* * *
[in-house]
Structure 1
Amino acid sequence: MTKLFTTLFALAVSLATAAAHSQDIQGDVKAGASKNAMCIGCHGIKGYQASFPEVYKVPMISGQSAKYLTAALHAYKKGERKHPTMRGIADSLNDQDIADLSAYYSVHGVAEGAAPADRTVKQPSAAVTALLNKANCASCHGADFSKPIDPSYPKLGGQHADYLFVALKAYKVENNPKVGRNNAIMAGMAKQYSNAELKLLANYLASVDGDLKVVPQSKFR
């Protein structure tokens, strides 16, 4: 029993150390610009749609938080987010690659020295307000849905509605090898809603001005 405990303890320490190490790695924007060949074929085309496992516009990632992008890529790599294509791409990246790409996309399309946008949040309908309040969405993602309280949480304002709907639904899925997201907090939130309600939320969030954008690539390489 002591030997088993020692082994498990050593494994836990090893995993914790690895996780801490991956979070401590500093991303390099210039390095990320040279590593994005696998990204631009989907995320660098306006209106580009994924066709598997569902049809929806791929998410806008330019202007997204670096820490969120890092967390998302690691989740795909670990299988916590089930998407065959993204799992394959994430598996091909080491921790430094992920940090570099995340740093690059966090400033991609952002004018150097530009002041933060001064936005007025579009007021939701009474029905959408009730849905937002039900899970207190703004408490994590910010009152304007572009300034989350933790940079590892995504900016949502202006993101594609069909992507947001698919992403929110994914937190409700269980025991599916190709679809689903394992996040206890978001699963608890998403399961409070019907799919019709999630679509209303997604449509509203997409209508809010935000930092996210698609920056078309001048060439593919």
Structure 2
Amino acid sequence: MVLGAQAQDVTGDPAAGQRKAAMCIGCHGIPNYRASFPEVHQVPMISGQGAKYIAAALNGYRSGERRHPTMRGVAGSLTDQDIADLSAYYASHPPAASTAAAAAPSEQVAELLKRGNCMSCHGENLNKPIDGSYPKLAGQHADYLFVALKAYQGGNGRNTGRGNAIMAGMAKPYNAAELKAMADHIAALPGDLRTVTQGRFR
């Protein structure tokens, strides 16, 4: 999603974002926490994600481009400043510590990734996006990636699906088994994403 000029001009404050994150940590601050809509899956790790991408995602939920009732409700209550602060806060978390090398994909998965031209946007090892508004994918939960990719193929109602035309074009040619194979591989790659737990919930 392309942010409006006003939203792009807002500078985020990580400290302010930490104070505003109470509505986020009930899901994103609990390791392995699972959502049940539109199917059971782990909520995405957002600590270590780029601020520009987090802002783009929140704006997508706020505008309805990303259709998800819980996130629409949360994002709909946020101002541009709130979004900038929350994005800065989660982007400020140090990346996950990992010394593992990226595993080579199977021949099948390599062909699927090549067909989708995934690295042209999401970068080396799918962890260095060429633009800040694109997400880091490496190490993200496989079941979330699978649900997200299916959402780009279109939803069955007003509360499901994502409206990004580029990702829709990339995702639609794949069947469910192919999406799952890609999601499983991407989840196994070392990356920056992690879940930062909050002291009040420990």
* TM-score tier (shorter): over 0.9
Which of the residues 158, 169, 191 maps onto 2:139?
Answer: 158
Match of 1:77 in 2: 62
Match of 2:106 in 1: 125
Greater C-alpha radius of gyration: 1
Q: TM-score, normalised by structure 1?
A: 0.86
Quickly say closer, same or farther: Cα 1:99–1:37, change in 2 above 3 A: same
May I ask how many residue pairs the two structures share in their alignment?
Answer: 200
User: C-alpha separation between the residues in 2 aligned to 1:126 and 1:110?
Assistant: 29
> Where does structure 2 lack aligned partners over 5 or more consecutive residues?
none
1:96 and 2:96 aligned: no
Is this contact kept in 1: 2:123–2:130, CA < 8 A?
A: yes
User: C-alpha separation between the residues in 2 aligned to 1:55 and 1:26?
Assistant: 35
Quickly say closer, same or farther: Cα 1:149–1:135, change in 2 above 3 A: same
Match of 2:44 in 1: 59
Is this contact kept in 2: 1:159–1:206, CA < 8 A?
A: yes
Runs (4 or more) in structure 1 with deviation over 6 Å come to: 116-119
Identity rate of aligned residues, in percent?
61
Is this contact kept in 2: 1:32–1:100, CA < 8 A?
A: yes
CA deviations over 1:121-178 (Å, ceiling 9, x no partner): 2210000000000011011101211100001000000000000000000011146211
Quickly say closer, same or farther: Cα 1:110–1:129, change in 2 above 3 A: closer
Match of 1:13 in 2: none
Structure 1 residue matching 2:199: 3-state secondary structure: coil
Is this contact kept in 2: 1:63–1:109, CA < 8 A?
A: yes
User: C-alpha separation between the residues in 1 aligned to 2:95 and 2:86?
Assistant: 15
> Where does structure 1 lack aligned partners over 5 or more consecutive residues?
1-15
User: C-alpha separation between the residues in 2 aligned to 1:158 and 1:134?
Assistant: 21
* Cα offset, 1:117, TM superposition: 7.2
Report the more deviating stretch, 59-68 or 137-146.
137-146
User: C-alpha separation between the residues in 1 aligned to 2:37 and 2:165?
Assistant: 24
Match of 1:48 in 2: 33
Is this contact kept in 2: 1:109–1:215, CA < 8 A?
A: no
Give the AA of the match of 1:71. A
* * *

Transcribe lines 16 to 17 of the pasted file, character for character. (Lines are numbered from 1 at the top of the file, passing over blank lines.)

Quickly say closer, same or farther: Cα 1:99–1:37, change in 2 above 3 A: same
May I ask how many residue pairs the two structures share in their alignment?